(Batman) Beginning Again
I've recently had the opportunity to rewatch both Batman Begins and The Dark Knight. My first time through both movies, they left me rather cold. Technically sound, certainly, and each movie had its share of scenes and performances I enjoyed - for instance, I can't imagine a better Jim Gordon than Gary Oldman, and while I've never been a big Joker fan, let's face it, Heath Ledger pretty much redefined that character forever - but I just didn't see The Big Deal. And for A Certain Type of Fan (a very large, vocal number of the Certain Type of Fan Brigade, actually), these movies were very much the Biggest of Big Deals. The Christopher Nolan Bat-movies were more than just Really Good Batman Movies, they claimed, but masterpieces of modern filmmaking, the sort of films that revolutionized the art of cinema, cured cancer, ended hunger, and kicked a whole lot of ass.
Those are some lofty expectations for any movies to live up to, especially when you don't see them on DVD. See, Batman Begins was released the day before my son was born, and seeing as the wife was so very, very pregnant at the time, we weren't really willing to risk the trip to the theater in case labor kicked in partway through the movie (hey, those tickets are expensive). And The Dark Knight, well, we found the time to get to the movies maybe twice that summer, neither of those times at a point when the movie was actually playing, and because of that, it just never became a priority. So both movies had to wait until several months later when the Netflix stork left the red envelope in our mailbox. And by that time, of course, the movies had so much hype surrounding them that there's no way they could hope to live up to it.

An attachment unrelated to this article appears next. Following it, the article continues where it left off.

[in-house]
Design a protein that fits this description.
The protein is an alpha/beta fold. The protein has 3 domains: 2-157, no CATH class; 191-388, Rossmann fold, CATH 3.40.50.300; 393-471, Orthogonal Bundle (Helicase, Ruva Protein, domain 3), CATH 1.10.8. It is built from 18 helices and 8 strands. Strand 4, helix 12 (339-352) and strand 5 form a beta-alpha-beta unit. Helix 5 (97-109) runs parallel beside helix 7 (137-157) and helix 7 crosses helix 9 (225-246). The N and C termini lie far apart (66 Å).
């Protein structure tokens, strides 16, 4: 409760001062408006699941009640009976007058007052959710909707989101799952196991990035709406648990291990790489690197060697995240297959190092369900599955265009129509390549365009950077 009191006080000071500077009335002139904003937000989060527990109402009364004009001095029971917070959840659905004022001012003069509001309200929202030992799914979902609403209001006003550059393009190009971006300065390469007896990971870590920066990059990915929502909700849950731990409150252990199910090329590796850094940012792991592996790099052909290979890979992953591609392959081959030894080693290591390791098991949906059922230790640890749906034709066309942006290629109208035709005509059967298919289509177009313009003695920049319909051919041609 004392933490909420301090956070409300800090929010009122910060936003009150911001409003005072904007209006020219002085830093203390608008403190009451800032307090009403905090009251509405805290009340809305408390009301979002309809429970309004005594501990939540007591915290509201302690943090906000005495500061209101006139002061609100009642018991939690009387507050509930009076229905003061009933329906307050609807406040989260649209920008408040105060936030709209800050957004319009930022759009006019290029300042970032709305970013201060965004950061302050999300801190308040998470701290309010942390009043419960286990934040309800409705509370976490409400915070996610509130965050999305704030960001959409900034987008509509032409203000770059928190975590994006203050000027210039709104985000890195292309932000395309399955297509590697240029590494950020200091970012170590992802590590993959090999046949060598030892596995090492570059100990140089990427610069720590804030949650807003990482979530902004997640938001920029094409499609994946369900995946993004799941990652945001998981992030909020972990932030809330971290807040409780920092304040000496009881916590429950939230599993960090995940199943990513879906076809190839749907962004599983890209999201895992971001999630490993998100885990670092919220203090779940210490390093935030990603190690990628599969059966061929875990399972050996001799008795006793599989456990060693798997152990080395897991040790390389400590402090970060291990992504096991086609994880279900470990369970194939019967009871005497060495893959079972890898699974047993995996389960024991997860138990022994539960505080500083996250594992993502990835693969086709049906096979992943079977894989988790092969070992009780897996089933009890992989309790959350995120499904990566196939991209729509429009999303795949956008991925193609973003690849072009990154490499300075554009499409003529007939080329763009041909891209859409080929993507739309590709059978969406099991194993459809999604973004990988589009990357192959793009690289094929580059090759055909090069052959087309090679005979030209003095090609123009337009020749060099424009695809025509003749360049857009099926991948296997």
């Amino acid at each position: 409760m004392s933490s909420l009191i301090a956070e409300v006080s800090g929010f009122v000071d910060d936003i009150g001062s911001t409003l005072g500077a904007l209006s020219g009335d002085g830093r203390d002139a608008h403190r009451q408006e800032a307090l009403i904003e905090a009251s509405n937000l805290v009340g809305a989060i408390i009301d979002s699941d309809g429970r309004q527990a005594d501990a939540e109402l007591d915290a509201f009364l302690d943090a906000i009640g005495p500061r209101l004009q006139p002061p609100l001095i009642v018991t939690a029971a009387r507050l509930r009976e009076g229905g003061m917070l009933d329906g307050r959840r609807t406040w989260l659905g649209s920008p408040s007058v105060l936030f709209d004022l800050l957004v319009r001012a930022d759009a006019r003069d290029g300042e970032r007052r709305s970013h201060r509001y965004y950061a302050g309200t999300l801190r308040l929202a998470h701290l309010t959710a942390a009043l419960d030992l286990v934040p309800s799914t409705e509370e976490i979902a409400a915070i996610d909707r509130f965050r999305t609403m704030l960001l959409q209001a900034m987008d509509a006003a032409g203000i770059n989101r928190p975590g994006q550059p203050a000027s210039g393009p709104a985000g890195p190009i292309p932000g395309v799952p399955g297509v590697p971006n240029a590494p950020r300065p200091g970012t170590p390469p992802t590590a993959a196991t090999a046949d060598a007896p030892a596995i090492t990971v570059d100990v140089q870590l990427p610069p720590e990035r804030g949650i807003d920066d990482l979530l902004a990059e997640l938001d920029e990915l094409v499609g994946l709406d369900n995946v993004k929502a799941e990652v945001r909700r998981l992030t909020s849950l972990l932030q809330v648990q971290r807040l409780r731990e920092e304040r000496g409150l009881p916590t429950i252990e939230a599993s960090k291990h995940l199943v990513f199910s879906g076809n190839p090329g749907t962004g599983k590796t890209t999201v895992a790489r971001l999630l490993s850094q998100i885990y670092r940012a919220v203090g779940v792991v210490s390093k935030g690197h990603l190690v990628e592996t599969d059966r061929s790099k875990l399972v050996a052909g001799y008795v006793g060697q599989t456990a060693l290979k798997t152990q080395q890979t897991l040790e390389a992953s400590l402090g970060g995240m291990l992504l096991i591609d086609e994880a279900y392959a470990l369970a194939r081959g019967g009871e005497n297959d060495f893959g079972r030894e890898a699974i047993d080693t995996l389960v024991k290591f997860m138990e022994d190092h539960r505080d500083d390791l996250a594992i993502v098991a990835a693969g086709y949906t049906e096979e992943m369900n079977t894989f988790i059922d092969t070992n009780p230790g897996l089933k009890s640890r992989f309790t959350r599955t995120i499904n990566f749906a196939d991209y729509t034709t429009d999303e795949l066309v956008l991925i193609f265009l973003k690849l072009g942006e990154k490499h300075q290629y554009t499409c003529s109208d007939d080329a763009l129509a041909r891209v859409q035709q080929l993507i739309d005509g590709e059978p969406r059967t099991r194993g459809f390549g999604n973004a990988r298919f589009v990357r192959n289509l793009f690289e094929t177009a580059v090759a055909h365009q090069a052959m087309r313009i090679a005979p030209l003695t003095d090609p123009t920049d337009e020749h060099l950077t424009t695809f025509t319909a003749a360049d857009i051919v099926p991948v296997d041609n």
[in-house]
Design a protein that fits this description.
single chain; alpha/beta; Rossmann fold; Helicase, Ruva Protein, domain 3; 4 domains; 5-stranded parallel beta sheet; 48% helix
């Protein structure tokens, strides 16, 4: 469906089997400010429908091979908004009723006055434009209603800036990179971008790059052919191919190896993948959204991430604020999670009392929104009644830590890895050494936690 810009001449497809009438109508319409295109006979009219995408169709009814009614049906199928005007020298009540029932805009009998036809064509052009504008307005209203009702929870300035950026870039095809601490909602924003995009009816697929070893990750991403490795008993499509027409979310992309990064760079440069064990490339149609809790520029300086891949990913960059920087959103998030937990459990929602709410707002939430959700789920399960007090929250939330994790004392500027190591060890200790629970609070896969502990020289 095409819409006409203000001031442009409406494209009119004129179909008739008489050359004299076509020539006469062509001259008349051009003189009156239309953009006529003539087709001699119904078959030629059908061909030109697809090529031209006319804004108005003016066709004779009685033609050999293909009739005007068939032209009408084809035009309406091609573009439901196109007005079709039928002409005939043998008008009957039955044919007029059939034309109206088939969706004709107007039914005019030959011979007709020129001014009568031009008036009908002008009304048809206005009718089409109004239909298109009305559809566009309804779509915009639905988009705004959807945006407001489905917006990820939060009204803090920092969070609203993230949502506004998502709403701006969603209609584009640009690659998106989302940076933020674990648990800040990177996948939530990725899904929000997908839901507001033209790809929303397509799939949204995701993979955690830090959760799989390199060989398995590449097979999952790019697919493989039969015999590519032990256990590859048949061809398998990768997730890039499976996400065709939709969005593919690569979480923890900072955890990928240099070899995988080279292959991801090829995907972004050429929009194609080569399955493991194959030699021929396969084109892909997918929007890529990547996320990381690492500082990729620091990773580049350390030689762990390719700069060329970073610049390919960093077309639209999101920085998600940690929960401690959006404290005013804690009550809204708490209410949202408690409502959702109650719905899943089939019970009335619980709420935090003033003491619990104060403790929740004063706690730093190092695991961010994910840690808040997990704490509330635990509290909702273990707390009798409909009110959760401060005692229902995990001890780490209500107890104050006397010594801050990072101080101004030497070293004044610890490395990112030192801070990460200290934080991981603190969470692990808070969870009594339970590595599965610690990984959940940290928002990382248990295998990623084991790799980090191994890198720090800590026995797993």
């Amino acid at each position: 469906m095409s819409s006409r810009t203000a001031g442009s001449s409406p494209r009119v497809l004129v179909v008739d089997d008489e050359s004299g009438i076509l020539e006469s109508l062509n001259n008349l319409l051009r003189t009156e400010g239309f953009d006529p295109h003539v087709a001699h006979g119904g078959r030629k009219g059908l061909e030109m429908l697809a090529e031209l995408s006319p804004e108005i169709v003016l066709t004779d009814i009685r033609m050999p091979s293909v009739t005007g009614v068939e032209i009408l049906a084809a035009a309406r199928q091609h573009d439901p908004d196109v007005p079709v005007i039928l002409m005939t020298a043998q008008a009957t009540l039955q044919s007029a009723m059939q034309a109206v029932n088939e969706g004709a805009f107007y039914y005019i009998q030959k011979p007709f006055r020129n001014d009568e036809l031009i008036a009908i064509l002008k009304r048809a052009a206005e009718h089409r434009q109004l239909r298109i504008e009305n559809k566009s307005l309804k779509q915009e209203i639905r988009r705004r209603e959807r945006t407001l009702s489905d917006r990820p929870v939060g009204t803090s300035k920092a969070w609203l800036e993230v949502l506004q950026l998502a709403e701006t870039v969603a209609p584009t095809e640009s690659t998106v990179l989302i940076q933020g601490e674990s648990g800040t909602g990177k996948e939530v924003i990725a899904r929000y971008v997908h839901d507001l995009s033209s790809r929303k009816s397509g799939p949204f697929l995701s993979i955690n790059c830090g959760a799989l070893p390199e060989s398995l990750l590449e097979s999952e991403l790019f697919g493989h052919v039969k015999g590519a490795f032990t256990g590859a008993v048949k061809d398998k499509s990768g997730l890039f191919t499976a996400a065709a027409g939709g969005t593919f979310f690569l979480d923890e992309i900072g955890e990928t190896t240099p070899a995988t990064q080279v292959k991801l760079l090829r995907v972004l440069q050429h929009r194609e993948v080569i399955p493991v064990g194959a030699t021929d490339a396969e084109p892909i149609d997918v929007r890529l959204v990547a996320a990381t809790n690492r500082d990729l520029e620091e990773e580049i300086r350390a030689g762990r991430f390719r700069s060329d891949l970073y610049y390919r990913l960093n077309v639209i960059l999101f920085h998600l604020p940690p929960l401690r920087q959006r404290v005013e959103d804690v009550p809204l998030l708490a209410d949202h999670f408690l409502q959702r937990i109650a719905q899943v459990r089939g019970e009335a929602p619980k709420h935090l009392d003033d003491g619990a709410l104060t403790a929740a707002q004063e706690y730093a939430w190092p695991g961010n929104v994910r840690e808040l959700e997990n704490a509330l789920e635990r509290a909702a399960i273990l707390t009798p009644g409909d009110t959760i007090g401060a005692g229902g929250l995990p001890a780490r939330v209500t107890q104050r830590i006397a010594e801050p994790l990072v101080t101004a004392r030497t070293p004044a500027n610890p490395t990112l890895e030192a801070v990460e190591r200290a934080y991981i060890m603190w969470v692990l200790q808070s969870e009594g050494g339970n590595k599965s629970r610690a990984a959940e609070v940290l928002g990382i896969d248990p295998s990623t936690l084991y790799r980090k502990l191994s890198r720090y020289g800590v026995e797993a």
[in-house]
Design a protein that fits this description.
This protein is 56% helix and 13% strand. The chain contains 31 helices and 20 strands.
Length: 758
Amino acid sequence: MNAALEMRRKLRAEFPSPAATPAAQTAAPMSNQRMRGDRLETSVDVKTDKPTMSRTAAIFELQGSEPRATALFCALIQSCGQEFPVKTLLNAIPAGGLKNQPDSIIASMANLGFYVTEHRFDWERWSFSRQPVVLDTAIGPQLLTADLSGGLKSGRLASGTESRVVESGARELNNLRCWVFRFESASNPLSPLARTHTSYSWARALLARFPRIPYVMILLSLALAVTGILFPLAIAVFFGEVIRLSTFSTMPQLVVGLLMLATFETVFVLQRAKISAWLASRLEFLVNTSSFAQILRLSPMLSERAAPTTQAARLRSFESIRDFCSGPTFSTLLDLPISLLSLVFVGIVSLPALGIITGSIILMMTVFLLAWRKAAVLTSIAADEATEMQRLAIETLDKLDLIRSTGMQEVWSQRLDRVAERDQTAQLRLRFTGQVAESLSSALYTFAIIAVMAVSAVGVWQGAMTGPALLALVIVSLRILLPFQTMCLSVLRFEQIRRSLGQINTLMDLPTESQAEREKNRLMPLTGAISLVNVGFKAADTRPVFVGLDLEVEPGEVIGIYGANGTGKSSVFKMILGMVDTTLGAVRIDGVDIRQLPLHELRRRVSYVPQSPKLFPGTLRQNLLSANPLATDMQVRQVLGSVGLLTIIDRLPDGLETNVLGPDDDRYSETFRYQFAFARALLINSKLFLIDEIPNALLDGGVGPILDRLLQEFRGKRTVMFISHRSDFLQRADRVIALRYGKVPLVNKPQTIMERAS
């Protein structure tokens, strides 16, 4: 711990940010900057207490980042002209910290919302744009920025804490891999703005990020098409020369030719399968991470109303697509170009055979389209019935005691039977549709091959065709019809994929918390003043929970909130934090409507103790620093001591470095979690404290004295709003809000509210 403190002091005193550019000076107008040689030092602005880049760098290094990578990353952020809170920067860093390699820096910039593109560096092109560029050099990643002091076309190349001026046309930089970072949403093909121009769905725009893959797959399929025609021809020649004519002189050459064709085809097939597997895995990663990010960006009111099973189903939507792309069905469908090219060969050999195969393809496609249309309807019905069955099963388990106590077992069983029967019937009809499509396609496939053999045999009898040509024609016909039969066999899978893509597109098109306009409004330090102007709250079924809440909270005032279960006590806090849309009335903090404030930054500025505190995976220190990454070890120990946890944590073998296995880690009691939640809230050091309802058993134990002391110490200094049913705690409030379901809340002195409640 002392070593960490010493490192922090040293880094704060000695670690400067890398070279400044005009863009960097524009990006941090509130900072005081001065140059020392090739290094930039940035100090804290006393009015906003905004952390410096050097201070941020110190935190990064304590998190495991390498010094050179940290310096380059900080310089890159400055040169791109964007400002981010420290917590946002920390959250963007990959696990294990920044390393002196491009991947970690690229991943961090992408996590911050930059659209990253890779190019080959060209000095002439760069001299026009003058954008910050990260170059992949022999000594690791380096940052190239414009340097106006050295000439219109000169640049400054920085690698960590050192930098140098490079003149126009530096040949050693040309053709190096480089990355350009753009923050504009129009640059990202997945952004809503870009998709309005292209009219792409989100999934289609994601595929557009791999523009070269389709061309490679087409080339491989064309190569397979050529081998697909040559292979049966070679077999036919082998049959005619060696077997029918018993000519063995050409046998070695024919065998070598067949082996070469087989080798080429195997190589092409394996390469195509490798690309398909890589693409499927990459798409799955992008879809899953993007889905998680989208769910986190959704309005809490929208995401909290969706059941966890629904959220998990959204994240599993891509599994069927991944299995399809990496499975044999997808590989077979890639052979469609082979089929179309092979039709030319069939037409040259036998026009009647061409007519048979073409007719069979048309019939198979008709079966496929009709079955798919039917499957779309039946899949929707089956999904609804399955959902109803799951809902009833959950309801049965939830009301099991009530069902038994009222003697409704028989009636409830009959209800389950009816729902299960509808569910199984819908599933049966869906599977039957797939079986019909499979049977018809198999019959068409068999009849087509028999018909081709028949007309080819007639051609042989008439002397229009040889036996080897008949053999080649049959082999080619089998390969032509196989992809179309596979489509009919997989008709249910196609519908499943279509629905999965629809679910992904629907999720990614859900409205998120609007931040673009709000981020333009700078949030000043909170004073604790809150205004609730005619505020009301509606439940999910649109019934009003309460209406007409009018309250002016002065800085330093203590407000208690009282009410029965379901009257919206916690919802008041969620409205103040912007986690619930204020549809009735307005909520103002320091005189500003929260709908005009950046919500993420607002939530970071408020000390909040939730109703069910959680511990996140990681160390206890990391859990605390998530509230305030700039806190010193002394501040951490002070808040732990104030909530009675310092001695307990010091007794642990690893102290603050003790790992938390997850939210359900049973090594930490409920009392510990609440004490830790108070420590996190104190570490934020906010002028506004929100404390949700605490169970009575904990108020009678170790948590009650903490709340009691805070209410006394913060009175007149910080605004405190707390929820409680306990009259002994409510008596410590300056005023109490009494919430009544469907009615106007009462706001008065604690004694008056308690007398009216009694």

I suppose I could've ignored the hype, but for one, I'm not really wired that way, and also, I think even the Amish knew about all the hubbub surrounding these movies, so there was no real way of escaping it. And hype leads to expectations, and expectations are where everything falls apart. A friend of mine refuses to listen to recommendations of any kind for just this reason. He wants to approach everything fresh, and the second someone recommends something, he expects too much, and the product is inevitably ruined. I should really take a page from his book, because in so many cases - these movies being big ones - the product doesn't live up to the expectation.
So cut to a few years later, the hype as receded to manageable levels, and I'm willing to get over my expectations (and anger at Nerd-dom Collected for ruining the films for me before I could even see them) and give them another shot. And this time around, I had to admit, they were pretty damn good. The film genre wasn't changed forever, cancer certainly wasn't cured, but they were, indeed, great Batman movies. Not perfect, they still had their share of problems. The Dark Knight could use two or three fewer subplots, I think, and while I see why they pushed Two-Face in the film, I still wish they'd have held him off for movie #3. Bale's Batman voice is, of course, too silly to take seriously. But mostly, I don't like that they seem to have forgotten the detective aspect of the character. They nailed the whole urban ninja thing, but I really dislike that the bulk of the intellectual heavy lifting is handled by Lucius Fox and Alfred. All kinds of heroes kick ass, but one of the big things that separates Batman from, say, Wolverine, is that detective skill. Maybe this will play a bigger role in the third movie, since we're still very much seeing a Batman in training.
I'm looking forward to seeing that third movie now. A year ago, I wouldn't have been able to say that. But in the end, I still prefer a Batman of another variety.